33. 33. Strategic Outcomes Healthy City: Children will enjoy the best start in life and everyone will live longer and healthier lives Vibrant City: Everyone will live, work and play in an attractive environment which supports them to live healthy and fulfilling lives Caring City: Everyone is supported to live independent lives with fair access to high quality integrated health and social care services when neededStarting Well: Developing well: Working Well: Living Well: Ageing Well: Staying well:Children flourish Everyone is able to Business thrives in Everyone lives in a good Everyone has a positive Everyone has achieve their the city and quality home, in an area experience of ageing in access toand feel loved, potential and enjoy everyone has which they like and in an the City and people are preventative healthvalued and safe maximum environment in which they opportunity to be supported to live and wellbeing independence and involved in feel safe across all independent, inclusive services and are positive mental meaningful activity generations and fulfilling lives supported to live wellbeing (work, volunteering, throughout the life healthy lives caring) course Achieved through: Achieved through: Achieved through: Achieved through:Achieved through: Achieved through: X% less children Improved levels of % of greenspace in the x % reduction in % increase in live in poverty satisfaction with City is rated good quality Increase in literacy smoking volunteering/comm life and is accessible and numeracy in prevalence X% unity champions Reductions in activity All major plans for adult population x% reduction in Improvement in number of NEETs regeneration of the City improved health obesity teachers Reduction in identifying Reductions in sickness absence are subject to an HIA related quality of x% reduction in children as pupil absence rates % reduction in fuel life for older people hospital ready for school Reduction in the % increase in poverty % reduction in hip readmissions for X% children number of 15 year number of people % reduction in statutory fractures in older LTCs breastfed until at olds who smoke with LTC in homelessness people Reduction in least 6 – 8 Reduction in employment – social connectedness Reduction in number of excess weeks of life number of hospital including people % self-reports of number of falls and winter deaths % reduction in admissions as a with a mental feeling safe in the injuries in over 65‟s low birth weight result of self-harm, illness or learning community babies unintentional and disability deliberate injuries in under 18‟s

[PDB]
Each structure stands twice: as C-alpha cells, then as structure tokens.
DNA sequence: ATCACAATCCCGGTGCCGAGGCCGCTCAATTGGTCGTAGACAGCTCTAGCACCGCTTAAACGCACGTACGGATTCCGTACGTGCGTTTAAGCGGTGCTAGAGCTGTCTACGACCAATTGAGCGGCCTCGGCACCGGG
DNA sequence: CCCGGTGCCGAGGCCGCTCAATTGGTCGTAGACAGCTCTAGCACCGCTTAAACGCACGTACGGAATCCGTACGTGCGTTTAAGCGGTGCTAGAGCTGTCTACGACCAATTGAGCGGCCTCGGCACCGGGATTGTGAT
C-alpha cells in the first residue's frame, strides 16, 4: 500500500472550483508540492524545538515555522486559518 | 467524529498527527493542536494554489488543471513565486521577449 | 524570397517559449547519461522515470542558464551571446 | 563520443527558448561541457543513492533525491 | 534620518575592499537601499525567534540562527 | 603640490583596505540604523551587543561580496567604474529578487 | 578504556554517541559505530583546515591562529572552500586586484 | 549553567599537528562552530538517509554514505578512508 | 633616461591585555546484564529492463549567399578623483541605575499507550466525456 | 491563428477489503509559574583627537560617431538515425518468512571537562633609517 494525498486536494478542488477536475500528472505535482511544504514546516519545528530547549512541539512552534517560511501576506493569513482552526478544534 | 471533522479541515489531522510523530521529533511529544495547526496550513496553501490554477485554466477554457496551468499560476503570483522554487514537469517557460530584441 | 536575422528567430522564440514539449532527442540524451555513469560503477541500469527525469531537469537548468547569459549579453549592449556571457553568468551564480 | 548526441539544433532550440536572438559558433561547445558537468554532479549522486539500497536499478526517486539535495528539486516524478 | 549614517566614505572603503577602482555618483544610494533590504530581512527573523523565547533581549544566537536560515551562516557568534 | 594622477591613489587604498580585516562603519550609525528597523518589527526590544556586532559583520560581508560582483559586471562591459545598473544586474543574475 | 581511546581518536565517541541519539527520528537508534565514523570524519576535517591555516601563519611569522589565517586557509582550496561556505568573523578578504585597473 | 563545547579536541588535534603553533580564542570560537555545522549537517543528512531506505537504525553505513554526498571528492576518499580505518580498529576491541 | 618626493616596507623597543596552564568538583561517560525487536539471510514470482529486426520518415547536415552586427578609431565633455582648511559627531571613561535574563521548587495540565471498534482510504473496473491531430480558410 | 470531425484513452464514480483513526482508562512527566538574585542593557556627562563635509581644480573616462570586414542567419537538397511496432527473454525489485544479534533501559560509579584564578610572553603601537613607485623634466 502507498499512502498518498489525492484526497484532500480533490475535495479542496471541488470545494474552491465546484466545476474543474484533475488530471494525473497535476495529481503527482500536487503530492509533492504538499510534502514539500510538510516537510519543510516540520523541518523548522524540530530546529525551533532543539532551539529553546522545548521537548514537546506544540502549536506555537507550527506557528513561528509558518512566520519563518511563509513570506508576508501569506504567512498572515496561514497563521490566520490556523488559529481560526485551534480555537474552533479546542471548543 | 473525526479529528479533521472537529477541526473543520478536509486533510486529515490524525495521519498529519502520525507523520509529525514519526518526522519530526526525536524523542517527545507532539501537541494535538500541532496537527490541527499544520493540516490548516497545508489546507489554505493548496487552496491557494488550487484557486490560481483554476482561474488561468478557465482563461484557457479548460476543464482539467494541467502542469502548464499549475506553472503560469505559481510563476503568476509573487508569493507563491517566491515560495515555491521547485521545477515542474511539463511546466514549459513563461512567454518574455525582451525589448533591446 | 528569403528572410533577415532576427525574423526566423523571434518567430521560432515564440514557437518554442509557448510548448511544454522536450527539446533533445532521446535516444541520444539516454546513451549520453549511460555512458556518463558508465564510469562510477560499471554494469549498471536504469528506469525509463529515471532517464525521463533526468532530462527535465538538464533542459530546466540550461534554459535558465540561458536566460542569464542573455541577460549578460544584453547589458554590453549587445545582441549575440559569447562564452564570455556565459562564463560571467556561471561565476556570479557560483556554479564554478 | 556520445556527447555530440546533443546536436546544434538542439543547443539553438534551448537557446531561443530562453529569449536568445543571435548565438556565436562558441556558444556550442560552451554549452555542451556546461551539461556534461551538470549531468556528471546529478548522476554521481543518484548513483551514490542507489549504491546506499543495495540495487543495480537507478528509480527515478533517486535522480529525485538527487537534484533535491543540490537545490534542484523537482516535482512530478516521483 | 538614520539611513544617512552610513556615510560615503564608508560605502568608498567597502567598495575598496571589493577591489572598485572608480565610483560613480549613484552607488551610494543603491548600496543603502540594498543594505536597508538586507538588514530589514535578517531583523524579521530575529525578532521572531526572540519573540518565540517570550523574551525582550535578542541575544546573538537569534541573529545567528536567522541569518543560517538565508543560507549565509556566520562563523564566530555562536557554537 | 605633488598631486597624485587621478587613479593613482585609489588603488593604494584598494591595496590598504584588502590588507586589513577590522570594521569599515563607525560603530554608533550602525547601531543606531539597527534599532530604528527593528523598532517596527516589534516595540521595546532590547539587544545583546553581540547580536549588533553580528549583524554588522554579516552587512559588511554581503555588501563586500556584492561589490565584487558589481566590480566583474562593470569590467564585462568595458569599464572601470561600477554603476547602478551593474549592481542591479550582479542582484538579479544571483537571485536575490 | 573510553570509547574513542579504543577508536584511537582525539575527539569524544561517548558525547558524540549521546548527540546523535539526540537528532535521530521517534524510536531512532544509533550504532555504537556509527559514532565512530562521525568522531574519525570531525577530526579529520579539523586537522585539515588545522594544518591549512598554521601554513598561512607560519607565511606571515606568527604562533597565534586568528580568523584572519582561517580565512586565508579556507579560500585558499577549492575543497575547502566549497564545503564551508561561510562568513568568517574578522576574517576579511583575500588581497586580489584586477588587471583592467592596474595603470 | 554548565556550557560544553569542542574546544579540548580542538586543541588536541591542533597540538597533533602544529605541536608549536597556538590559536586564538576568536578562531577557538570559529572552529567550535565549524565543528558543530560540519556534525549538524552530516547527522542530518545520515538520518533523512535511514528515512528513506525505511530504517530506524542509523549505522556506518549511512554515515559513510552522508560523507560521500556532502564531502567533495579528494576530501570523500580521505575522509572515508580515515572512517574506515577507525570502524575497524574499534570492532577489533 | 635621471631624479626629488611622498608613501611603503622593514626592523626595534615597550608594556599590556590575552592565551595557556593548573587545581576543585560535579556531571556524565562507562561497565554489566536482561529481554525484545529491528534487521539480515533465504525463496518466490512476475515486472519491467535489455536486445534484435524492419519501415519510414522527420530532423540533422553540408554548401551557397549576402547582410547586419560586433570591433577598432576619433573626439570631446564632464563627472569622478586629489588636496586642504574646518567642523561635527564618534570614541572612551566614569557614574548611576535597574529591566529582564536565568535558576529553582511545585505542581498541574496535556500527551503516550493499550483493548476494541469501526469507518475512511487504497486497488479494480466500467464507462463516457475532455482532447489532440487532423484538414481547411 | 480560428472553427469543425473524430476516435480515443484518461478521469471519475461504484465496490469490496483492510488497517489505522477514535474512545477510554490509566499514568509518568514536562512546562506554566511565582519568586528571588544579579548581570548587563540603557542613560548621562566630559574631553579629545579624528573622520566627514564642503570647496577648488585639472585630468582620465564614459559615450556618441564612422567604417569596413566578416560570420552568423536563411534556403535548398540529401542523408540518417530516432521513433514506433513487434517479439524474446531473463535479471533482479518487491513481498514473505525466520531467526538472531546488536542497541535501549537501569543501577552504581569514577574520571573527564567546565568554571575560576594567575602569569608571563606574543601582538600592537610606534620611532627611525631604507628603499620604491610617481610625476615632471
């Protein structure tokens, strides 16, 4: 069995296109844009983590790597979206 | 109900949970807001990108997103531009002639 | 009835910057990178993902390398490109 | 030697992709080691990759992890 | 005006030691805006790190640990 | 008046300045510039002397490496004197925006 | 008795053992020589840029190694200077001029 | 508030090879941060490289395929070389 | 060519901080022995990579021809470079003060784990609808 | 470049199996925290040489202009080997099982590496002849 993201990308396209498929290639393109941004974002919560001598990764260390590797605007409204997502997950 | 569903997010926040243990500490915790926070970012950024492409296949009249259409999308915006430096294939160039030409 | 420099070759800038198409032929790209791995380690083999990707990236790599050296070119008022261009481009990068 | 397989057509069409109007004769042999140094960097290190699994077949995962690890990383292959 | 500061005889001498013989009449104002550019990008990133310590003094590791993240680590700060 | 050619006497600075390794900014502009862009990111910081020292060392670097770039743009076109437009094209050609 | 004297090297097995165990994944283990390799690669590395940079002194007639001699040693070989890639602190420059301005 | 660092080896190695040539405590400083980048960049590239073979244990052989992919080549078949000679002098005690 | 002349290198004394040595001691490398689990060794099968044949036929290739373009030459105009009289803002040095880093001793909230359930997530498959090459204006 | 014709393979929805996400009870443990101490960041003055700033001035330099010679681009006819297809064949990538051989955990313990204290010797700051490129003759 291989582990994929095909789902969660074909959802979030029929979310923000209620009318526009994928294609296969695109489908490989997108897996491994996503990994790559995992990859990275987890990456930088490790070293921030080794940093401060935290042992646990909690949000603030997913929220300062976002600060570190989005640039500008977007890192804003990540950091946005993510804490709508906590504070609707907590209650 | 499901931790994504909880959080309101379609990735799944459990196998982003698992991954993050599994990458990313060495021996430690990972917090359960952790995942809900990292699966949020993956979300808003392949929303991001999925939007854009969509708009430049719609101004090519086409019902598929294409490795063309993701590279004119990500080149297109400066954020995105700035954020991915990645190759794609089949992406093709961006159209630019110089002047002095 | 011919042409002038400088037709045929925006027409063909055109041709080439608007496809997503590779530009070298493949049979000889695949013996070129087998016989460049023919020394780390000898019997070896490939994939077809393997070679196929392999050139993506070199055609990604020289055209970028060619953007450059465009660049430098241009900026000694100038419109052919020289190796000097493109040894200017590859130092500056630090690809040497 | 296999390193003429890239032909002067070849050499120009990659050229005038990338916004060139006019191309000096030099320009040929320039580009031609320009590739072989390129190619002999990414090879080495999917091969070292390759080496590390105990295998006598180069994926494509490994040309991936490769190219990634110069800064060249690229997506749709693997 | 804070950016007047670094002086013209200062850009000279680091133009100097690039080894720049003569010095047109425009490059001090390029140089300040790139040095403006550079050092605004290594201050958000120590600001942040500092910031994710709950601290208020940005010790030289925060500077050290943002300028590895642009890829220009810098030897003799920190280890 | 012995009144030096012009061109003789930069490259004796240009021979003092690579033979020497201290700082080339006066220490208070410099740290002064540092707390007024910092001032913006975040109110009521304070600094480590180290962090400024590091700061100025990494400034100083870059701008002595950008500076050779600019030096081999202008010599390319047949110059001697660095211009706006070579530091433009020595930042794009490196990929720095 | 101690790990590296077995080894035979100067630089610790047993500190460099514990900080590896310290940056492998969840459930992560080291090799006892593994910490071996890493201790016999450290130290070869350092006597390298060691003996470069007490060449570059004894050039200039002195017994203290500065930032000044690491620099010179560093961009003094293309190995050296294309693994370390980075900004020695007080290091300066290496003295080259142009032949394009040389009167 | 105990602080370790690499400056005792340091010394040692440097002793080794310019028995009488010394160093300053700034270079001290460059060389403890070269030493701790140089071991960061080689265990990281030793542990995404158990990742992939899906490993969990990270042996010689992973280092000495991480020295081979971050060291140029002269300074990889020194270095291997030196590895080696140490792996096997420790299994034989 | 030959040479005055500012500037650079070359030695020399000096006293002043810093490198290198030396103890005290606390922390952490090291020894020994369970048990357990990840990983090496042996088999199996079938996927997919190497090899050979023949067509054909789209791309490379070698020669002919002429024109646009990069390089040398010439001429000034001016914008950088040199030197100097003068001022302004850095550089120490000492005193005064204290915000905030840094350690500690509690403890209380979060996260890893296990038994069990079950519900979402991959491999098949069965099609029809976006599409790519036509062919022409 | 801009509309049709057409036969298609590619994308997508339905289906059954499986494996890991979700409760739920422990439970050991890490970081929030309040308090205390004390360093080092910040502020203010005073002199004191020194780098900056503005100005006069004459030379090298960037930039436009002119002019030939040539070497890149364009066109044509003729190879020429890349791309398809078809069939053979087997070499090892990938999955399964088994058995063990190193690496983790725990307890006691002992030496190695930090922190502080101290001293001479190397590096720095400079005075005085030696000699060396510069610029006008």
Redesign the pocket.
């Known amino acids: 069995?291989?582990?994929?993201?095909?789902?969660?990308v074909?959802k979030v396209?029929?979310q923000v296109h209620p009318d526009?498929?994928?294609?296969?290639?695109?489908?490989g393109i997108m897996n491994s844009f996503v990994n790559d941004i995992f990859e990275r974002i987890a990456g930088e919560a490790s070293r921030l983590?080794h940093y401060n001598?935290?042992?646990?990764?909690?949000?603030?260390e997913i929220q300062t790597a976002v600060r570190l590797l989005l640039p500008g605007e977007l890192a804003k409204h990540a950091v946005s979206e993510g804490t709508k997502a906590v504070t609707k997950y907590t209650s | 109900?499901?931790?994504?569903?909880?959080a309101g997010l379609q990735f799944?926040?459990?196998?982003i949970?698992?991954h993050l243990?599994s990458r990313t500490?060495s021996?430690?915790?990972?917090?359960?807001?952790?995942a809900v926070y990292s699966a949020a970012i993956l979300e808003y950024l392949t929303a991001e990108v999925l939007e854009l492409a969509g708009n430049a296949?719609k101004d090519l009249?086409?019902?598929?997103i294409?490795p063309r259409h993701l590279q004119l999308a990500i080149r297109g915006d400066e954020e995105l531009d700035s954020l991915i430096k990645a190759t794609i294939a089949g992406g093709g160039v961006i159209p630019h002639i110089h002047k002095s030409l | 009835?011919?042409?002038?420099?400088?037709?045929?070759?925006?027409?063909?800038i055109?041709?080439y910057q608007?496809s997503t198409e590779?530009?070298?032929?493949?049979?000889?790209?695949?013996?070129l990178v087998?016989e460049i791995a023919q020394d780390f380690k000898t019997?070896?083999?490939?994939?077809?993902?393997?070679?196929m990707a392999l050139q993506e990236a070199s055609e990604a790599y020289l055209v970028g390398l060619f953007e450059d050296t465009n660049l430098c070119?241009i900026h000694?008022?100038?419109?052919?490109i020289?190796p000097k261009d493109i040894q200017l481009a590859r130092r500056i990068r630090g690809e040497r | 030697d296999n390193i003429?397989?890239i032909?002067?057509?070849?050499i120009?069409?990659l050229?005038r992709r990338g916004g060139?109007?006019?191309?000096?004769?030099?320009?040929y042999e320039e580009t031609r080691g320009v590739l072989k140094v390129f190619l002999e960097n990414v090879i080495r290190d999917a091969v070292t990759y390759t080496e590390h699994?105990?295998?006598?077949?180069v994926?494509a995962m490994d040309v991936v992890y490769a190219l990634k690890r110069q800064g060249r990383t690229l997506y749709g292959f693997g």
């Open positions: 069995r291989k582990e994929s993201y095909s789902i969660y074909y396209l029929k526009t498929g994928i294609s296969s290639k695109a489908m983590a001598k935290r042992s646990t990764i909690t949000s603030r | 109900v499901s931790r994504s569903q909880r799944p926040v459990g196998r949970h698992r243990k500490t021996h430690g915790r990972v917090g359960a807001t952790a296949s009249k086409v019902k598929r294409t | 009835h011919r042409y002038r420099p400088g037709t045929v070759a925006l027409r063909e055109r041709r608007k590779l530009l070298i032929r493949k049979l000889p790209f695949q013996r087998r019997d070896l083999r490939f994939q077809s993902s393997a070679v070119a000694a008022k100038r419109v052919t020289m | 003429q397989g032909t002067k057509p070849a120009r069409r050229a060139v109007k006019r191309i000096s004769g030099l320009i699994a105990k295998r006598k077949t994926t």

34. 34. Co-production“Co-production means delivering public services in an equaland reciprocal relationship between professionals, peopleusing services, their families and their neighbours. Whereactivities are co-produced in this way, both services andneighbourhoods become far more effective agents ofchange.” The Challenge of Co-production – David Boyle & Michael Harris, December 2009“Services do not produce outcomes – people do.” Co-production and social capital; the role that users and citizens play in improving local services – Jude Cummings and Clive Miller – October 2007
  35. 35. Further reading on co-productionhttp://www.neweconomics.org/publications/public-services-inside-out http://www.nesta.org.uk/events/assets/features/the_challenge_of_co-production
  36. 36. The principles of co-production• Recognises people as assets• Build on peoples existing capabilities• Promote mutuality and reciprocity• Build peer support and social networks• Break down barriers• Facilitate rather than deliver
  37. 37. Co-production of health & well-being
  38. 38. Co-production for health• Exploit the opportunities created bythe integration of public health andlocal government.• Use the new structures, approachesand democratic accountabilities todeliver public health outcomes and areduction in inequalities.• Maximise the new commissioningstructures to improve health outcomesand reduce inequalities when moneyis tight. http://www.sph.nhs.uk/sph-documents/local-government-colloquium-report
  39. 39. Key messages• Use the transition to start to develop a new co-production model forhealth and wellbeing.• Establish focused, agreed priorities which have meaningfuloutcomes for all partners.• Use intelligence dynamically, creatively and succinctly and inrelevant forms for different audiences.• Promote an asset based approach to communities to understandand harness their assets and resource.• Adopt a new approach to partnership and leadership whilst buildingon what has worked.• The public health workforce has to change – a new business modelneeds adopting that is pragmatic, practical and delivers solutions tocommissioners and providers.
  40. 40. Outcomes-based commissioning• The transformative potential of co-production and assets approaches is not best served by traditional procurement models.• The approach of co-production can be incorporated across the entire commissioning framework.• Providers are usually contracted to deliver a service defined by its inputs and outputs with little reference to wider outcomes• There is little or no requirement to identify and build on assets and capacity within the community• Commissioning should be designed around outcomes
  41. 41. Combining commissioning & co-production• The commissioning framework defines long-term outcomes• Potential providers are incentivised to be innovative and flexible about achieving outcomes• Co-production is specified as an approach that providers must develop• New providers can emerge• Commissioners can specify that providers develop preventative approaches to service delivery• Wider social and environmental outcomes can be built into the assessment of value for money